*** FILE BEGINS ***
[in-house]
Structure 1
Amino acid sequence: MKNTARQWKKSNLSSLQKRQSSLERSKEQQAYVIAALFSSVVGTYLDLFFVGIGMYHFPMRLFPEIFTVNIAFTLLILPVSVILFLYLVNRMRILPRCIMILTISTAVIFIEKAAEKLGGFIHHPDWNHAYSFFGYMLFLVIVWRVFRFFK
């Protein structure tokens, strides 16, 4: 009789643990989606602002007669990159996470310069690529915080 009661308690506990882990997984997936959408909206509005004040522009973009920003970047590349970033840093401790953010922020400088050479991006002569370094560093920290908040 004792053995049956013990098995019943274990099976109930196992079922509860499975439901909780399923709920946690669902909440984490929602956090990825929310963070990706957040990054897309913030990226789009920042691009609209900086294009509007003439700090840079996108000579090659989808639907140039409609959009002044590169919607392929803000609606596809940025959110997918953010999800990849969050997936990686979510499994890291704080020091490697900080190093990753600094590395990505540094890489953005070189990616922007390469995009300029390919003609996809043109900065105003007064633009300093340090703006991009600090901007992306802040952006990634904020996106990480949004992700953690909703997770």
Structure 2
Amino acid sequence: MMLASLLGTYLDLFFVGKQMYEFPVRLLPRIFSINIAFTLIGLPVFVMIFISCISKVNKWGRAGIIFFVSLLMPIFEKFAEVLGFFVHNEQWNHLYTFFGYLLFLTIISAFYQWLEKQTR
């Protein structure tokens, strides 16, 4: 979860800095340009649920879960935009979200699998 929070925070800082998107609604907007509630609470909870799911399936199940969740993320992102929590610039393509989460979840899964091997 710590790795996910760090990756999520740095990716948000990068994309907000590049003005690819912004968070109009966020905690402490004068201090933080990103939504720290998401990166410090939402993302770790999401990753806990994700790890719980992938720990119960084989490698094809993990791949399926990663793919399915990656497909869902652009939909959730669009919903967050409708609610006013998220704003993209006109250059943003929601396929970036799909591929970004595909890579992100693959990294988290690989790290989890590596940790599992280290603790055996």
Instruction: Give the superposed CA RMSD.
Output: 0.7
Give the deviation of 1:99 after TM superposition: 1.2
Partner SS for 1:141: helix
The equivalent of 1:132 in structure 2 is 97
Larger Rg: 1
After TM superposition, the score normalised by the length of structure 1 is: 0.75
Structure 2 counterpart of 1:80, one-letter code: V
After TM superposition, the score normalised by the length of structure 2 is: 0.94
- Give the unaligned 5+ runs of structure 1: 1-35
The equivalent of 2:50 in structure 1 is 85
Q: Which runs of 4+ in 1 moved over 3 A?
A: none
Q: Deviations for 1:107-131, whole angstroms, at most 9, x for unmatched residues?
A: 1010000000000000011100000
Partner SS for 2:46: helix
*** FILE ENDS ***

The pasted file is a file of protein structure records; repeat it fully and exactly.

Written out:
[in-house]
Structure 1
Amino acid sequence: MKNTARQWKKSNLSSLQKRQSSLERSKEQQAYVIAALFSSVVGTYLDLFFVGIGMYHFPMRLFPEIFTVNIAFTLLILPVSVILFLYLVNRMRILPRCIMILTISTAVIFIEKAAEKLGGFIHHPDWNHAYSFFGYMLFLVIVWRVFRFFK
């Protein structure tokens, strides 16, 4: 009789643990989606602002007669990159996470310069690529915080 009661308690506990882990997984997936959408909206509005004040522009973009920003970047590349970033840093401790953010922020400088050479991006002569370094560093920290908040 004792053995049956013990098995019943274990099976109930196992079922509860499975439901909780399923709920946690669902909440984490929602956090990825929310963070990706957040990054897309913030990226789009920042691009609209900086294009509007003439700090840079996108000579090659989808639907140039409609959009002044590169919607392929803000609606596809940025959110997918953010999800990849969050997936990686979510499994890291704080020091490697900080190093990753600094590395990505540094890489953005070189990616922007390469995009300029390919003609996809043109900065105003007064633009300093340090703006991009600090901007992306802040952006990634904020996106990480949004992700953690909703997770």
Structure 2
Amino acid sequence: MMLASLLGTYLDLFFVGKQMYEFPVRLLPRIFSINIAFTLIGLPVFVMIFISCISKVNKWGRAGIIFFVSLLMPIFEKFAEVLGFFVHNEQWNHLYTFFGYLLFLTIISAFYQWLEKQTR
């Protein structure tokens, strides 16, 4: 979860800095340009649920879960935009979200699998 929070925070800082998107609604907007509630609470909870799911399936199940969740993320992102929590610039393509989460979840899964091997 710590790795996910760090990756999520740095990716948000990068994309907000590049003005690819912004968070109009966020905690402490004068201090933080990103939504720290998401990166410090939402993302770790999401990753806990994700790890719980992938720990119960084989490698094809993990791949399926990663793919399915990656497909869902652009939909959730669009919903967050409708609610006013998220704003993209006109250059943003929601396929970036799909591929970004595909890579992100693959990294988290690989790290989890590596940790599992280290603790055996």
Instruction: Give the superposed CA RMSD.
Output: 0.7
Give the deviation of 1:99 after TM superposition: 1.2
Partner SS for 1:141: helix
The equivalent of 1:132 in structure 2 is 97
Larger Rg: 1
After TM superposition, the score normalised by the length of structure 1 is: 0.75
Structure 2 counterpart of 1:80, one-letter code: V
After TM superposition, the score normalised by the length of structure 2 is: 0.94
- Give the unaligned 5+ runs of structure 1: 1-35
The equivalent of 2:50 in structure 1 is 85
Q: Which runs of 4+ in 1 moved over 3 A?
A: none
Q: Deviations for 1:107-131, whole angstroms, at most 9, x for unmatched residues?
A: 1010000000000000011100000
Partner SS for 2:46: helix